The kinematics of four-bar mechanisms have been extensively treated; a detailed explanation is found in [36, 37]. For analyzing the mechanism position, the closed loop equation can be established as follows:Applying polar notation to each term of (2),Using the equation of Euler on (3) and separating the real and imaginary parts,Expressing the equation system (4) in terms of ,The compact form of Freudenstein’s equation is obtained by squaring system (5) and adding its terms as follows:whereThen the angle can be calculated as a function of the parameters , , , and ; this solution is generated by expressing and in terms of :A second-order lineal equation is obtained by substitution on (6):From the solution of (9), the angular position is given by (10):A similar process is carried out to get from (4) using Freudenstein’s equation. The correct sign for the radical must be selected in the equations for and , according to the configuration of the mechanism. Table 1 indicates the signs related with both configurations.

Table 1: Sign of radical in relation to the type of mechanism.

2.2. Kinematics of the Coupler

Since the point of interest in the coupler is , to determine its position in the reference system it has to be established thatIn the global coordinate system, this point is expressed asEquations (11) and (12) and the expressions from the kinematics of the mechanism are sufficient to calculate the position of along the trajectory.

2.3. Design Constraints

One of the most important aspects involved in a mechanism design is to accomplish the constraints on its performance, which are related to mobility criteria and the size and shape of the mechanism itself.

2.3.1. Grashof’s Law

Grashof’s law is a fundamental consideration when designing a four-bar mechanism, since it defines the criteria to ensure complete mobility for at least one link of that mechanism. This law establishes that for a planar four-bar linkage, the sum of the shortest and the largest bars cannot be larger than the sum of the remaining bars, if a continual relative rotation between two elements is desired [8]. If is the length of the shortest link, represents the largest bar, and , indicate the remaining elements, it is established thatIn this work, Grashof’s law is given byTherefore, to ensure that the solution method fulfills this law, the following constraints were established:

2.3.2. Sequence of Input Angles

Since the general problem of synthesis addressed in this work is the generation of trajectories based on sequences of successive precision points representing different positions of the coupler, the values of the crank angles have to be ordered in correspondence with these sequences. If the angle for a specific point is denoted as , it is required thatwhere is the number of precision points.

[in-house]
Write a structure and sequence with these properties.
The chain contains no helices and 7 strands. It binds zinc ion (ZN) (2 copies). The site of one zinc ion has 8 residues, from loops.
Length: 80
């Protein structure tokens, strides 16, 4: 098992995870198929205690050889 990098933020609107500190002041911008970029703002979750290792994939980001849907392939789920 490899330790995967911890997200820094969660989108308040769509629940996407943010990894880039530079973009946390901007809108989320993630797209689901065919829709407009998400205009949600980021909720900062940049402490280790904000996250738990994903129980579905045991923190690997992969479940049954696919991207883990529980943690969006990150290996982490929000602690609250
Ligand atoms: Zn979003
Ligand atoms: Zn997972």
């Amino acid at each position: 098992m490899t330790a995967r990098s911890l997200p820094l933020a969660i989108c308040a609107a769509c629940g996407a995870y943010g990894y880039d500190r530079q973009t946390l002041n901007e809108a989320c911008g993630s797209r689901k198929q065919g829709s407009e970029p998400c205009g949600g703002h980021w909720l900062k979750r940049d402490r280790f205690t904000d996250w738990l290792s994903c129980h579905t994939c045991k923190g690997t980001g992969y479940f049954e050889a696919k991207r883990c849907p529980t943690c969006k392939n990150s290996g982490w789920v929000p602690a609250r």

2.4. Optimization Strategies

After properly establishing the kinematics of the mechanism, the design problem can be defined as a numerical optimization case, and then it is necessary to specify the appropriate mathematical expressions for evaluating the performance of the system.

2.4.1. Objective Function

This work addresses the synthesis of a planar mechanism in order to calculate the length of its bars, the rotation angle in respect to the reference system, the distance between the coordinate systems, and the set of angles for the input bar to generate a trajectory corresponding to a sequence of precision points. In the global coordinate system , the point of the precision pair is indicated asThe set of pairs of precision points is defined asThen, given a set of values of the mechanism bars and their parameters , each point of the coupler can be expressed as a function of the input bar position:Accordingly, it is desired to minimize the distance (error) between the precision point and the calculated point . To quantify the overall error the following function is proposed:

2.4.2. Case Studies

(1) 01. It is the design of a four-bar mechanism that follows a linear vertical path defined by a sequence of six precision points, without a previously established synchronization. The set of precision points is defined asThe vector of design variables iswhereThe first four variables correspond to the lengths of the bars in the mechanism presented in Figure 1, the following two are the position of the coupler, is the orientation angle of the system with respect to the horizontal, is its coordinate position, and the last six are the angle values for the input bar . The boundaries for each design variable are defined asThe single-objective numerical optimization problem for this case is described by the following:

(2) 02. It is the design of a four-bar mechanism that follows a trajectory defined by a sequence of five unaligned precision points, with a previously established synchronization for each point. The set of precision points is defined asFor this case it is considered that . The restriction given by (16) is not considered since the sequence of input angles is set byThe vector of design variables iswhereThe upper and lower values for the design variables are defined asThe objective function is defined by the following:

(3) 03. It is the design of a four-bar mechanism for tracking a trajectory delimited by pairs of precision points. This case considers a sequence with ten pairs of precision points given by the coordinates shown in Table 2.

Table 2: Pairs of precision points for case study 3.